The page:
When I was a little girl, I must have read Francis Hodgson Burnett’s “The Secret Garden” at least ten times. I was absolutely fascinated by almost everything about it. The old house with a name (Misselwaithe Manor? Why didn’t I think of this, let’s name our house! Suffice it to say, whatever title I dreamed up didn’t catch on in my childhood home) that was gigantic enough to make it hard to know who all lived there, the overgrown garden that had been locked up for mysterious reasons, the way the British lived in India, the sensory descriptions of how bringing the garden back to life felt and smelled…I ate it all up. It was like a fairy tale that could actually happen, and the story felt both nostalgic and exotic at the same time. I had never heard of a moor, and I had certainly never encountered phonetic spelling of a thick Yorkshire accent like that of the the undermaid, Martha. Continue reading
Fall brings with it longer nights and more opportunities for reading while surrounded by the dark. When I was a preteen, I loved and hated being afraid. When the theme song for the television show “The Twilight Zone” came on, I would unsuccessfully implore my mom to change the channel. Of course, I couldn’t help myself – I always stayed in the room and watched the episode.
When “The Twilight Zone” wasn’t airing, I could always count on books to provide me with that jolt of adrenaline. The Goosebumps series (which is still being published) was a reliable provider of horror. But I also remember being terrified by the child-loathing antagonists of the Roald Dahl classic “The Witches” and the seemingly sentient dolls in Betty Ren Wright’s “The Dollhouse Murders.” Here are some recent scary titles for preteens (more recent that my childhood, anyway):
“The Book of Bad Things” by Dan Poblocki
12-year-old Cassidy Bean is a city kid in the suburbs for the summer. After the neighborhood hoarder dies, ghosts and monsters start appearing. Cassidy and her new summer friend investigate the eerie happenings.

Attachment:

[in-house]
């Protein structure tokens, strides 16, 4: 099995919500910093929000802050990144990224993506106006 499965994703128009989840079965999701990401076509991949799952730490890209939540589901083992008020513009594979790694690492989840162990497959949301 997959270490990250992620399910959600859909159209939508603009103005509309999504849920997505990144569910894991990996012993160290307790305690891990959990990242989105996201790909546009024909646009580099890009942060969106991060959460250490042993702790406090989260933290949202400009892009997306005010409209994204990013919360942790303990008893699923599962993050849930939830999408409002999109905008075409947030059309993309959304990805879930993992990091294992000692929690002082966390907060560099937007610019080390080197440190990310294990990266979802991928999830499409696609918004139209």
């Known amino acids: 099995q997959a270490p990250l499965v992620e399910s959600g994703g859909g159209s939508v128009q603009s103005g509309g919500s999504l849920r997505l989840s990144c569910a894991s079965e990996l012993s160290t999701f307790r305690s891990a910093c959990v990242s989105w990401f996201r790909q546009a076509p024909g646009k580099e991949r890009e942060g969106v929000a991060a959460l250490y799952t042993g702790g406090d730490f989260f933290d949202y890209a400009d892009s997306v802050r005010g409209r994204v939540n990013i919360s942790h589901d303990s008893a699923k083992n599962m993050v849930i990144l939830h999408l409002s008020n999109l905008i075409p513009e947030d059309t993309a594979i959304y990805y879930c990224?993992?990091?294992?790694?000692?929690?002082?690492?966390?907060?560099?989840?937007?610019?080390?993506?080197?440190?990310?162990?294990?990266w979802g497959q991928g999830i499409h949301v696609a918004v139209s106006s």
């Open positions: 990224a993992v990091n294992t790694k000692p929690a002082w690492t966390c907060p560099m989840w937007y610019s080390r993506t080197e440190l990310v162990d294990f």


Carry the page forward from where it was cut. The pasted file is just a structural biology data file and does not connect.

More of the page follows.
“The Night Gardener: A Scary Story” by Jonathan Auxier
A Victorian ghost story with the requisite orphans, forbidden rooms, and an evil gardener. The book has several fantastically creepy illustrations and a lesson about greed that stays with you long after you finish the book. Continue reading
Contrary to popular opinion, libraries love bookstores and bookstores love libraries. And we at DBRL are excited to hear that Mac Barnett and Jon Klassen will be visiting Columbia’s Barnes & Noble store on October 18th at 10 a.m. as part of their national book tour. Their new book, “Sam & Dave Dig a Hole,” will be published on the 14th, and you can contact the store to reserve an autographed copy.
Happy October, everyone! I have no idea what rhymes with “October,” but rhyming is essential to early literacy skills and practices at all times of the year. So get out there and show your kids all the wonders of autumn, and then teach fun rhymes to make fall even more fun. Some of the rhymes below are action rhymes, so the corresponding actions are in parentheses.
Pumpkin, pumpkin sitting on a wall.
Pumpkin, pumpkin tip and fall! (Lean over.)
Pumpkin, pumpkin rolling down the street. (Roll hands.)
Pumpkin, pumpkin on your feet! (Stand up.) Continue reading
A common assumption I’ve come across during my time in libraries is that picture books are for children to read. As a matter of fact, I think I probably made this same assumption before I started planning story times and the like. But here’s the thing: children’s picture books are really designed to be read aloud to children by adults. I know, I just blew your mind. Obviously there are some exceptions, like certain Dr. Seuss titles. (“Hop on Pop“, anyone?) But many picture books are actually too advanced for your average beginning reader to effectively tackle on his or her own.
If starting with traditional picture books is not ideal, then what in the world is? The answer varies. At DBRL, we call this collection “Beginning to Read.” These are also children’s books, and they also have a lot of pictures. They are different from most picture books in that their sentences are short, and the words are short, simple and do as much to help the reader figure them out contextually as possible. The words are big and few so they are not nearly as intimidating. You also won’t find any artsy typographies that, while charming in children’s books that are being read to them, can be daunting to new readers. Continue reading